Public safety agencies in Crow Wing County deployed drones for more than 30 incidents in 2020.

Calls included vehicles through ice, fires, missing children and a vulnerable adult, crash reconstructions, a duck hunter in need of rescue, a burglary in progress and someone fleeing in a stolen vehicle, Crow Wing County Sheriff Scott Goddard and Emergency Management Director John Bowen told county commissioners Jan. 26. The sheriff’s office compiled the data on the previous year’s drone use as part of new reporting requirements to the Minnesota Bureau of Criminal Apprehension passed by the Legislature last year.

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Goddard said he was surprised how often the four drones shared between agencies come in handy, and the technology allows them to improve public safety responses in a way they’ve never been able to before. He offered the example of using infrared technology to scan a lake for an overdue boater at night in 10 to 15 minutes.

“That’s capability that we have never had in the past. Even beyond I’d say what some helicopters have,” Goddard said.

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Sheriff Scott Goddard shares information about the drone program Jan. 26 during a Crow Wing County Board meeting. Screenshot / Chelsey Perkins
Sheriff Scott Goddard shares information about the drone program Jan. 26 during a Crow Wing County Board meeting. Screenshot / Chelsey Perkins

Beyond locating an overdue boater, two of the four drones are more advanced and can use a claw to carry life jackets to those stranded in the water. Although this has yet to be deployed in a real-life situation, Goddard said it could be useful in the early and late winter, when inevitably people fall through thin ice.

Bowen and Goddard pointed out some of the advantages of using drones to reconstruct vehicle crashes.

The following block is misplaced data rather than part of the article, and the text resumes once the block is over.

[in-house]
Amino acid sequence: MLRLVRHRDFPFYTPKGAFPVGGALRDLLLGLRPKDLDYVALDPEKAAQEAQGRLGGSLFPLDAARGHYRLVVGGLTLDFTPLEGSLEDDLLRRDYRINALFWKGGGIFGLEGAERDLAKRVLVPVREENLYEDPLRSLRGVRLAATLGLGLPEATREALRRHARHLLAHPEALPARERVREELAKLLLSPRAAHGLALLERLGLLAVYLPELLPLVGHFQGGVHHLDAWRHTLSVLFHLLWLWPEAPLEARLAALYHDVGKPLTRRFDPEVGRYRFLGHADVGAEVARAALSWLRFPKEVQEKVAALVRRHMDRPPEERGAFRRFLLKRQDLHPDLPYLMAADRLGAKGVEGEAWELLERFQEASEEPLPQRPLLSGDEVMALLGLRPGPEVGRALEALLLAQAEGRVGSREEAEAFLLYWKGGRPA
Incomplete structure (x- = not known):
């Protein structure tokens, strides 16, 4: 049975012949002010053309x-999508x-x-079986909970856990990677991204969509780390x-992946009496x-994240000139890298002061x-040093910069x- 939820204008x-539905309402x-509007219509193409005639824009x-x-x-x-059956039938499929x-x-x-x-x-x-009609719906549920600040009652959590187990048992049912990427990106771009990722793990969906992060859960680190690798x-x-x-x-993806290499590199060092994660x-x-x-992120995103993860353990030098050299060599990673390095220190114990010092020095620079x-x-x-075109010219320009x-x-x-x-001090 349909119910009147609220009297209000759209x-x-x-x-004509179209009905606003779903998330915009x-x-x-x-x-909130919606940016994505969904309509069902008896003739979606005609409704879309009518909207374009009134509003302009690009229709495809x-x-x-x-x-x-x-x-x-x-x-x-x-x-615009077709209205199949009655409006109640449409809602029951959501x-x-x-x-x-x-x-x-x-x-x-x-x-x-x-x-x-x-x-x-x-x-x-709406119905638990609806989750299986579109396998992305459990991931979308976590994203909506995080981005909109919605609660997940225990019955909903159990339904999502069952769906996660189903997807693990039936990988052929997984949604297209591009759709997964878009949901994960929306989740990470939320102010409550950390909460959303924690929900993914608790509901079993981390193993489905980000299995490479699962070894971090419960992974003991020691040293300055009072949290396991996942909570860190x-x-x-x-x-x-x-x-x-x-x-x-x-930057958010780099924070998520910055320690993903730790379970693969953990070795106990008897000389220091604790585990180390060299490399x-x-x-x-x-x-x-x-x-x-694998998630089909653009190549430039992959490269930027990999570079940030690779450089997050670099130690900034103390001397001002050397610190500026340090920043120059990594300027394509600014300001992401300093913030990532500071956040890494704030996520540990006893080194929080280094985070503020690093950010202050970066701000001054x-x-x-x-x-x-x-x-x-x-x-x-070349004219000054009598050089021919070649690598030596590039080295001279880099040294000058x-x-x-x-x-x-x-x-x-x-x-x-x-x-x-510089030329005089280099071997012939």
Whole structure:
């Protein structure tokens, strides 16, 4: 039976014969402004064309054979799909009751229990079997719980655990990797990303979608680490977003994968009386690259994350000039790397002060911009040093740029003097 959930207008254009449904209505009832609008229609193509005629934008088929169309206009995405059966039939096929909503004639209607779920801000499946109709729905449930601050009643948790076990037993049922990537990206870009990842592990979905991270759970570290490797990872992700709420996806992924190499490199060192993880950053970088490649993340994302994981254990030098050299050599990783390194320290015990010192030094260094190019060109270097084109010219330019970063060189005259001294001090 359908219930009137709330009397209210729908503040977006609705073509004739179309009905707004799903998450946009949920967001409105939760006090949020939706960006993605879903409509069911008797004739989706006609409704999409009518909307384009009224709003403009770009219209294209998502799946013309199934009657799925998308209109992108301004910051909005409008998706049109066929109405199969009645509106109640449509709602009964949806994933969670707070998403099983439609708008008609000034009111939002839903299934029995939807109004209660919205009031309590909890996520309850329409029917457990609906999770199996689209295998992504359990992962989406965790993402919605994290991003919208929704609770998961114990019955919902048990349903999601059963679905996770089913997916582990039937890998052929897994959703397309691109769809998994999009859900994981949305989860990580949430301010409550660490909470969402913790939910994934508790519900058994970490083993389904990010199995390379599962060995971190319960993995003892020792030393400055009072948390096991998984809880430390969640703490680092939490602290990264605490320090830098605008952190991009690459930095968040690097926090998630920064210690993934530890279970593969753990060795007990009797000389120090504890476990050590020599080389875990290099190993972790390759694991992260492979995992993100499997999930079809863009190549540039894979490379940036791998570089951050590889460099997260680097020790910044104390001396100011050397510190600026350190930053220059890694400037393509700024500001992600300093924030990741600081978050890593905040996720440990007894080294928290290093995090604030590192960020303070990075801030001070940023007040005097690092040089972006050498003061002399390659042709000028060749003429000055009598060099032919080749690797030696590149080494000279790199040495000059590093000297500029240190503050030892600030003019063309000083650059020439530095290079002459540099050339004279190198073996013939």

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“It’s helped a lot with real-time information,” Bowen said. “A lot of times we can get there while the scene is still active or they’re cleaning up the scene. So it’s a little quicker than waiting for a recon(struction) specialist say from MSP (Minnesota State Patrol) to come from a couple hours away. So it really speeds up the whole process.”

“If you actually come back and fly it at the level or the height of what a person would be driving that vehicle and then drive through that corner, you can see exactly what the driver was seeing or a very good impression of what the driver was seeing coming into that corner,” Goddard said. “And that has proved valuable.”

A screenshot from a video captured by one of Crow Wing County's drones shows a stranded duck hunter, rescued in October 2020 from Rice Lake in the Hesitation Wildlife Management Area. Screenshot / Chelsey Perkins
A screenshot from a video captured by one of Crow Wing County's drones shows a stranded duck hunter, rescued in October 2020 from Rice Lake in the Hesitation Wildlife Management Area. Screenshot / Chelsey Perkins

There are limits, however, to how these agencies can use drones. According to a summary of the state’s drone laws compiled by the League of Minnesota Cities, law enforcement is generally required to get a search warrant before using a drone except for specific scenarios. These scenarios include emergency situations involving risk of death or bodily harm, at a public event with a heightened safety risk or if there’s reasonable suspicion of criminal activity, crash reconstruction and other situations.

“The law prohibits deploying facial recognition or other biometric-matching technology on drones, unless authorized by a warrant,” the summary stated. “It also prohibits equipping drones with weapons or collecting data on public protests or demonstrations unless authorized by a warrant or under one of the search warrant exceptions.”

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Goddard said the laws are in place to ensure law enforcement agencies are accountable for how they’re using the tools. He said particularly when the drone program first got off the ground, people expressed a number of concerns about the potential for “Big Brother” uses, such as the sheriff’s office spying on private property.

Crow Wing County Emergency Management Director John Bowen speaks about how public safety agencies in Crow Wing County have used drones as part of emergency response Jan. 26 at a county board meeting. Screenshot / Chelsey Perkins
Crow Wing County Emergency Management Director John Bowen speaks about how public safety agencies in Crow Wing County have used drones as part of emergency response Jan. 26 at a county board meeting. Screenshot / Chelsey Perkins